Senior Care and The Future of Work

Recently, I had the pleasure of listening to The Fourth Industrial Revolution by Klaus Schwab, the founder and executive chairman of the World Economic Forum.

In the book, Klaus makes a convincing argument that we are entering a fourth industrial revolution marked by the rise of new and wide-ranging fields such as artificial intelligence (AI), robotics, the internet of things (IoT), autonomous vehicles, 3D printing, nanotechnology, biotechnology, materials science, energy storage and quantum computing. Just to name a handful!

Why does our current environment deserve to be called a new industrial revolution? Simply because these changes are happening so fast.

Klaus distills what 100s of leading executives are experiencing in their companies and how these leaders foresee the rising pace of innovation affecting their organizations in the near future. One of the most pressing topics of the book is the future of employment and there were phenomenal takeaways for the senior care industry—especially in light of the fact that 6 of the top 10 fastest growing professions in the country are health care or senior care professions.

A More Positive Transition

Technology impacts employment in two fundamental ways. First there is a destruction effect as disruptive technologies substitute capital for labor causing unemployment and the need for workers to re-skill.

Second and equally important there is the capitalization effect, when the demand for new services, made available by the new technology, shoot up leading to the creation of new jobs, companies, and even entire industries!

These two effects may have different timings. Meaning the destruction effect could happen quickly, while the capitalization effect may take more time to introduce the new demand and employment opportunities. We can take steps to speed up the capitalization effect, if we choose to.

The question, Klaus argues, is “what should we do to foster more positive outcomes and help those caught in the transition?”.

What Types of Tasks Are At Risk?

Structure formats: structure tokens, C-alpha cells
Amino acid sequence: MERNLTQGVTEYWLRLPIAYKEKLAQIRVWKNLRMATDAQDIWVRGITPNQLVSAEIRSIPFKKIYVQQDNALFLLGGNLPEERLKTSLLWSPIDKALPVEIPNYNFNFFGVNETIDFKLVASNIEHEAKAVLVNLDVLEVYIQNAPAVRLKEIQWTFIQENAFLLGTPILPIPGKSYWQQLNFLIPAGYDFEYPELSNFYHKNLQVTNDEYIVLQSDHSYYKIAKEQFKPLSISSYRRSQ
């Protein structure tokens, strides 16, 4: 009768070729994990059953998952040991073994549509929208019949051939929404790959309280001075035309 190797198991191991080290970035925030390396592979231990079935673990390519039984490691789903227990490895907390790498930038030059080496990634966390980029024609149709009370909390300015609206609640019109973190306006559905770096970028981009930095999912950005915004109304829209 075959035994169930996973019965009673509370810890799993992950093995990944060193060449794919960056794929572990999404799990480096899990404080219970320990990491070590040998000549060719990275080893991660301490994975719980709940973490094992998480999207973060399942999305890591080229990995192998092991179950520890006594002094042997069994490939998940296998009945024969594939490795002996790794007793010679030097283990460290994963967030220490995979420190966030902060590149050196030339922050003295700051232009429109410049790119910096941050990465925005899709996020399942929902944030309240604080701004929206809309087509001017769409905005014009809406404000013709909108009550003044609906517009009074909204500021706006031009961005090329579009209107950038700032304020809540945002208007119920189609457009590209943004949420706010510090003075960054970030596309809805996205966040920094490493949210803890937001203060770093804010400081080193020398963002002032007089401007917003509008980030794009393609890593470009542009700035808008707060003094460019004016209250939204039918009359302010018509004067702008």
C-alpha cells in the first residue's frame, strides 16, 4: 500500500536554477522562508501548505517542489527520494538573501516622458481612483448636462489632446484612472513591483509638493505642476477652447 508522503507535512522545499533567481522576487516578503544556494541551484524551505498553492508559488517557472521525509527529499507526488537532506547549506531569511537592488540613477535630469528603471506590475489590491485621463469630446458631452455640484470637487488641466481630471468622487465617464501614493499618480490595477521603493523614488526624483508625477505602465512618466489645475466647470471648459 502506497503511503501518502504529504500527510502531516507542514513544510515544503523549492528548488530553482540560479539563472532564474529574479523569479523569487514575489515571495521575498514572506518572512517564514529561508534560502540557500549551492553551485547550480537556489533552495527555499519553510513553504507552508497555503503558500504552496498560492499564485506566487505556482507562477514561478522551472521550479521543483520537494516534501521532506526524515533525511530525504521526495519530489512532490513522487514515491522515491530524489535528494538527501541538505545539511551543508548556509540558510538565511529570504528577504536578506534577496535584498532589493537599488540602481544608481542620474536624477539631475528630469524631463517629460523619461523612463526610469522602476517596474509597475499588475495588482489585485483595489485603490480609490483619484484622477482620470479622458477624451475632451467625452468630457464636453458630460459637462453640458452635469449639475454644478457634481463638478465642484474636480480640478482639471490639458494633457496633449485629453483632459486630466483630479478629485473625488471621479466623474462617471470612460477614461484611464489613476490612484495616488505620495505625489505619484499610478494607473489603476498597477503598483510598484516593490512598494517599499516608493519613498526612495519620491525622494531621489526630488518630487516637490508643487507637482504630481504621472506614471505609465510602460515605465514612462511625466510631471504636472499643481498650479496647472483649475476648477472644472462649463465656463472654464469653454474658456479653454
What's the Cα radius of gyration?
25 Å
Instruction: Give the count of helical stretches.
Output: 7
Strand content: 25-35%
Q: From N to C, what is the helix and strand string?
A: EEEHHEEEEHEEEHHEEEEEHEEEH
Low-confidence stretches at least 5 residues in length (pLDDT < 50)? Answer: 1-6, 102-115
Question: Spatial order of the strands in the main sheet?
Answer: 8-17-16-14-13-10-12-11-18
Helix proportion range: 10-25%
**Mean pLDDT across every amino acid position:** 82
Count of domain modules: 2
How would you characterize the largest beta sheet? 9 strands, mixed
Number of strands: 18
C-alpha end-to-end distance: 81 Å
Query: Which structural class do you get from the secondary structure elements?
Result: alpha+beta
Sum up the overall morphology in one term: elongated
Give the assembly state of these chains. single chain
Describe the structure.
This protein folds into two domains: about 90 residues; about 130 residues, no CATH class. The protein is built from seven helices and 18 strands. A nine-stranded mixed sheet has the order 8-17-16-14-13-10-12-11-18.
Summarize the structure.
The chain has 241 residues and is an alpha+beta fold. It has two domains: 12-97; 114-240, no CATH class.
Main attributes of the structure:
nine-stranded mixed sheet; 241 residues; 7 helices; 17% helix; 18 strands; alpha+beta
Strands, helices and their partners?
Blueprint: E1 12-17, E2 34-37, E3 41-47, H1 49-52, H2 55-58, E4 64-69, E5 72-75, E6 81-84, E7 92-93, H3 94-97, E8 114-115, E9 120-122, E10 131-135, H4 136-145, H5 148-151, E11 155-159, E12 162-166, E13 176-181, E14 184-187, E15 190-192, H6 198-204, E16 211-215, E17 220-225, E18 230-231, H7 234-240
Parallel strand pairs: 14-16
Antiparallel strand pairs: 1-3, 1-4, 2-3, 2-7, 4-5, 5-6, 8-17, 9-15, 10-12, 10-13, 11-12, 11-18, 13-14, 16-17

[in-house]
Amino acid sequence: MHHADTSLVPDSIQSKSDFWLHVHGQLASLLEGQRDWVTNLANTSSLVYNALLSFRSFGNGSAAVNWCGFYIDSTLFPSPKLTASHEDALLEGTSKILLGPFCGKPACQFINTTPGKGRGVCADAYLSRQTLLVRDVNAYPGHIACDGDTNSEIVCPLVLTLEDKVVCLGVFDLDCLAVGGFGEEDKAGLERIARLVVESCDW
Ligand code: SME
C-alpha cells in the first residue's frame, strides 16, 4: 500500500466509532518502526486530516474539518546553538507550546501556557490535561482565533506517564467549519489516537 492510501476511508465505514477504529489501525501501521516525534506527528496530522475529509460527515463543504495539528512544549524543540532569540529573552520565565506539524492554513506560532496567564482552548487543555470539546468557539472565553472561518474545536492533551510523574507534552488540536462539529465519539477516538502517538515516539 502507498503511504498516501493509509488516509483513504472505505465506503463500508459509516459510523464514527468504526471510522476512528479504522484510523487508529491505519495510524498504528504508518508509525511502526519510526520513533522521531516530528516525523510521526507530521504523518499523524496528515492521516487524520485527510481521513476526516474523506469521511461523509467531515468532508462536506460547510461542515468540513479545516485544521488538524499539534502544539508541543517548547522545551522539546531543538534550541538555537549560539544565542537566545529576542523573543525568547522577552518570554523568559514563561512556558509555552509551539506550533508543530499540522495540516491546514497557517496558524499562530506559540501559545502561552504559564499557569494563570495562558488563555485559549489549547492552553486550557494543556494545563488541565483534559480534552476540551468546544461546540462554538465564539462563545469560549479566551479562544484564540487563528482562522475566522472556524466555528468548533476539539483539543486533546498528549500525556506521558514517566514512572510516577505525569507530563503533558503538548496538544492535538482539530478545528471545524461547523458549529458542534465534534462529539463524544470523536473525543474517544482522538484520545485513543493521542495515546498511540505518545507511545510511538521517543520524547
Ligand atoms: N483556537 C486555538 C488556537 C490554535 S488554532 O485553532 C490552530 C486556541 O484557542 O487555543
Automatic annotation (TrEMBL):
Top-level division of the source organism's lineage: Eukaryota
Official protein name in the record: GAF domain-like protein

What types of tasks are most vulnerable to new forms of innovation? Our intuition here is a good start—those tasks that involve repetitive mechanical activities performed with precision. With this in mind, a number of white collar duties performed in law, financial planning, accounting, and other professional services firms are at high risk of automation. In fact, two researchers, economist Carl Benedikt Frey and machine learning expert Michael Osborne, have conducted a study to quantify the probability of professions being automated. They found that, about 47% of total employment in the US is at risk of automation—possibly in the next decade or two.

Their study suggests a likely “hollowing” out of the routine and repetitive middle-income jobs in the labor market leaving high-income cognitive and creative jobs and low-income manual occupations.

This is possibly an alarming study. I have to admit it scares me a little. With that said, I’ve seen new technologies introduced into other professions rapidly, and the outcomes those workers had, gives me confidence that new technologies will make senior care a better career for the average caregiver, support staff, and executives. Together, we have reason to stay positive, hopeful, and open to new ways to improve our work.

Tech Can’t Love Us (or Our Seniors)!

Senior Care is first and foremost about providing for the needs of our elderly. The elderly have real physical needs and often these needs are greater than the average person’s. With that said, it’s clear that the psychological and emotional needs of seniors—sometimes intricately wrapped up in their physical condition—are the primary needs that need to be met.